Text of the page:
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5) A Ton of Bridges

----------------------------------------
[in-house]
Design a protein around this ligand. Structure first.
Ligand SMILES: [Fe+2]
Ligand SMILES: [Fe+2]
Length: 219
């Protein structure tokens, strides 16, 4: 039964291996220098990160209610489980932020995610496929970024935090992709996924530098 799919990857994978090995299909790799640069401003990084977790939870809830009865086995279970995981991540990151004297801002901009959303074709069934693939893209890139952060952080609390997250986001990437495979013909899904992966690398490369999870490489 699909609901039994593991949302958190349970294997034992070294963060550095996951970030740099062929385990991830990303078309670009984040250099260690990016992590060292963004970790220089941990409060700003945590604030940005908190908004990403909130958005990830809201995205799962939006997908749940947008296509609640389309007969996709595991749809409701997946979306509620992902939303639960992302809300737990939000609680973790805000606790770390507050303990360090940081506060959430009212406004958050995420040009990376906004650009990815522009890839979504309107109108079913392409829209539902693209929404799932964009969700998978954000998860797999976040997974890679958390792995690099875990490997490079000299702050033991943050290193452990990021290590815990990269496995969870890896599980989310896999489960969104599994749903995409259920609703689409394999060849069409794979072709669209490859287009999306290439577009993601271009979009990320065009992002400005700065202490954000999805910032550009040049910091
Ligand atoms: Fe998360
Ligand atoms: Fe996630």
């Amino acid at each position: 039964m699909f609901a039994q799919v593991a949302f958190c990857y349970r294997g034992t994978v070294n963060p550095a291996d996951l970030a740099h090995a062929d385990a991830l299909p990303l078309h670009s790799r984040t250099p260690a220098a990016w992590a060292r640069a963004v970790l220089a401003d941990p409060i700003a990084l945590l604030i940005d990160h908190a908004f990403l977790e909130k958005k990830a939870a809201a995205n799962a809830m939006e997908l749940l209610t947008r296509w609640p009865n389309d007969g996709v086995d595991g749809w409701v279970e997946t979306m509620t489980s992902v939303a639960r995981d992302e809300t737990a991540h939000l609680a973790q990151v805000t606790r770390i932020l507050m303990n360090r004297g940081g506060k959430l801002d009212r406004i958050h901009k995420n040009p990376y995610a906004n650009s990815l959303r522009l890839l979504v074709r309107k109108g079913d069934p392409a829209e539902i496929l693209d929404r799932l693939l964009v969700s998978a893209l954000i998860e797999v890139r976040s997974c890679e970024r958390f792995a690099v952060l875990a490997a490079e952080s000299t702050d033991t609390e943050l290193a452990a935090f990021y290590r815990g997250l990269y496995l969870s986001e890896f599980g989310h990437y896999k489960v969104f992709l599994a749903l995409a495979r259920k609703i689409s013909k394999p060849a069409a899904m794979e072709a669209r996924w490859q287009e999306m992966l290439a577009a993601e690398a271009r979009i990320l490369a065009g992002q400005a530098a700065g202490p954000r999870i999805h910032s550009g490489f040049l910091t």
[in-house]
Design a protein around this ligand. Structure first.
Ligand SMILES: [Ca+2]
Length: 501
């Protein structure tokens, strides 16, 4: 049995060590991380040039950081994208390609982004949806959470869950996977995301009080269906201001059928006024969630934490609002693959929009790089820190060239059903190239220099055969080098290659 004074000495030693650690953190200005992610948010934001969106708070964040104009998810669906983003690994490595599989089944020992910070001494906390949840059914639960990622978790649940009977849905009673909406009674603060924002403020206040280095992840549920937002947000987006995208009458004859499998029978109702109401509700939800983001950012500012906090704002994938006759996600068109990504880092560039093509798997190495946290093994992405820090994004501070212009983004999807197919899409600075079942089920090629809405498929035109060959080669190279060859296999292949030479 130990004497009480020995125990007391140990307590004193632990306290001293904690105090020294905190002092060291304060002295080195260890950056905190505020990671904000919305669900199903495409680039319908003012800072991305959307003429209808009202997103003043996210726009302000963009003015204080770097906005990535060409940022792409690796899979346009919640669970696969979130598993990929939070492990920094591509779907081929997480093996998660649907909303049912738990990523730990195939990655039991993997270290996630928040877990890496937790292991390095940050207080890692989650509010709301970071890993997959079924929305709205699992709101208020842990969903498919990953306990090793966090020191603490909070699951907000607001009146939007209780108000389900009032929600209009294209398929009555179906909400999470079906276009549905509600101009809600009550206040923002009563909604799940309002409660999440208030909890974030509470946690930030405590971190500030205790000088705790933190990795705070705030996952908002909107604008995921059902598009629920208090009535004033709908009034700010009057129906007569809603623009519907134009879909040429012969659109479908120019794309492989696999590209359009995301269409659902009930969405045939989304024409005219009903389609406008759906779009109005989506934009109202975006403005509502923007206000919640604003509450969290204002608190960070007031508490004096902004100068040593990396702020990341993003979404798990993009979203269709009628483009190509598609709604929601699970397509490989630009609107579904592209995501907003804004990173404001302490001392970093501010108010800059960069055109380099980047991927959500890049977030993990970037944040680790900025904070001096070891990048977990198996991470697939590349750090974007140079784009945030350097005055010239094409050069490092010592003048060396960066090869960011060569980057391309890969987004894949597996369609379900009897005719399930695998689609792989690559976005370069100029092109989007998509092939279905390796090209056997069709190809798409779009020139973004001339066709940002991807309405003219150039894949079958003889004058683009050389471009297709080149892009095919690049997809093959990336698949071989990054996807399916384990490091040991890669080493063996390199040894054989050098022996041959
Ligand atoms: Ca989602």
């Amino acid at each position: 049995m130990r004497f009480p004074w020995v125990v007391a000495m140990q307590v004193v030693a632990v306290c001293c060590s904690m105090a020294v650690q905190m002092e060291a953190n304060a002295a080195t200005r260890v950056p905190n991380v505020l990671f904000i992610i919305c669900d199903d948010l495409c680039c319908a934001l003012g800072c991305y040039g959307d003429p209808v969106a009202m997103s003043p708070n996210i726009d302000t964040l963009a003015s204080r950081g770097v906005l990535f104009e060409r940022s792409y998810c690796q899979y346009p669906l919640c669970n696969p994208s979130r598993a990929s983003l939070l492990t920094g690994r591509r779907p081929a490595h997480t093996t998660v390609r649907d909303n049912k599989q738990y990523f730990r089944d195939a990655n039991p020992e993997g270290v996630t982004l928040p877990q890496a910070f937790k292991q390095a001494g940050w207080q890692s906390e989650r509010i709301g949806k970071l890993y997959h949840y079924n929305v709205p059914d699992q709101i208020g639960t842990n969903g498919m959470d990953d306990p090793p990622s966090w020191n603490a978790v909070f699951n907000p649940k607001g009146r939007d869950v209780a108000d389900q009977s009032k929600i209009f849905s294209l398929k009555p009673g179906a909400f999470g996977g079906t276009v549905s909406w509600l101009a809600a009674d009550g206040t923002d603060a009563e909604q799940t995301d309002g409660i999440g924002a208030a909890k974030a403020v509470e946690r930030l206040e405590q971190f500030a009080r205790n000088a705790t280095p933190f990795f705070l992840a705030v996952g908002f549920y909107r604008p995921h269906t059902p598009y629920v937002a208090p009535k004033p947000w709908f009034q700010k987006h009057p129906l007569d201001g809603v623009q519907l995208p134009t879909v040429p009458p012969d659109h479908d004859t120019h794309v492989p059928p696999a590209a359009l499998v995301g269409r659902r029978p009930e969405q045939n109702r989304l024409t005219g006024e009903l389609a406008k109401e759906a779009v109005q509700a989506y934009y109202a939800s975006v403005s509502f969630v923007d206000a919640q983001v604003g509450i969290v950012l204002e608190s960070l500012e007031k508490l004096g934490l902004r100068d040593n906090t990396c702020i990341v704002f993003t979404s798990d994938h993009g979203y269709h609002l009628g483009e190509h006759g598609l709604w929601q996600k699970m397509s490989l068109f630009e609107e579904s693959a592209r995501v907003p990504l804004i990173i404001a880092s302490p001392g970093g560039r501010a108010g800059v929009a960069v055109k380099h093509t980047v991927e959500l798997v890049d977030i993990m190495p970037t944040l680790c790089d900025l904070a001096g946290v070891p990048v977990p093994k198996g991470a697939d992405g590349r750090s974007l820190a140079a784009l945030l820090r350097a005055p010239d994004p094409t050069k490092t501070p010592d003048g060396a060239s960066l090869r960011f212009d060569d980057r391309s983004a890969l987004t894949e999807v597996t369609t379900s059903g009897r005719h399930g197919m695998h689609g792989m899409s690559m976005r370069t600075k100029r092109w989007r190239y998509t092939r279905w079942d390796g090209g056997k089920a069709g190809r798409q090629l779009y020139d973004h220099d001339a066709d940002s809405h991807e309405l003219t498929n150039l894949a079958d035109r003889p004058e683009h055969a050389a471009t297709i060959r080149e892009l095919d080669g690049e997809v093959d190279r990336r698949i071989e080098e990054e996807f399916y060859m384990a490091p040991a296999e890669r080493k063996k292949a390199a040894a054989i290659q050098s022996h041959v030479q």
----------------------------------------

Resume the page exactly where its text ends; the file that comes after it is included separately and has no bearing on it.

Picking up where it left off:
Bridges might not sound exciting, but Cincinnati has some iconic structures connecting the city to Northern Kentucky and other locations in Ohio. Its most noted one is John A. Roebling Suspension Bridge, which links Covington to downtown Cincinnati. Opened in 1867, it’s a nice way to go back and forth over the Ohio River. Plus pedestrians and cars have their respective paths. Though Roebling’s name might not ring a bell, this engineer’s modern marvels are well known. Roebling was said to use this baby blue colored bridge as the prototype for the Brooklyn Bridge, which opened about two decades later. For a relaxing walk, the locally-called Purple People Bridge (it has a more official sounding name) can only be crossed on foot. It connects from Cincinnati’s Sawyer Point to Newport on the Levee in Northern Kentucky.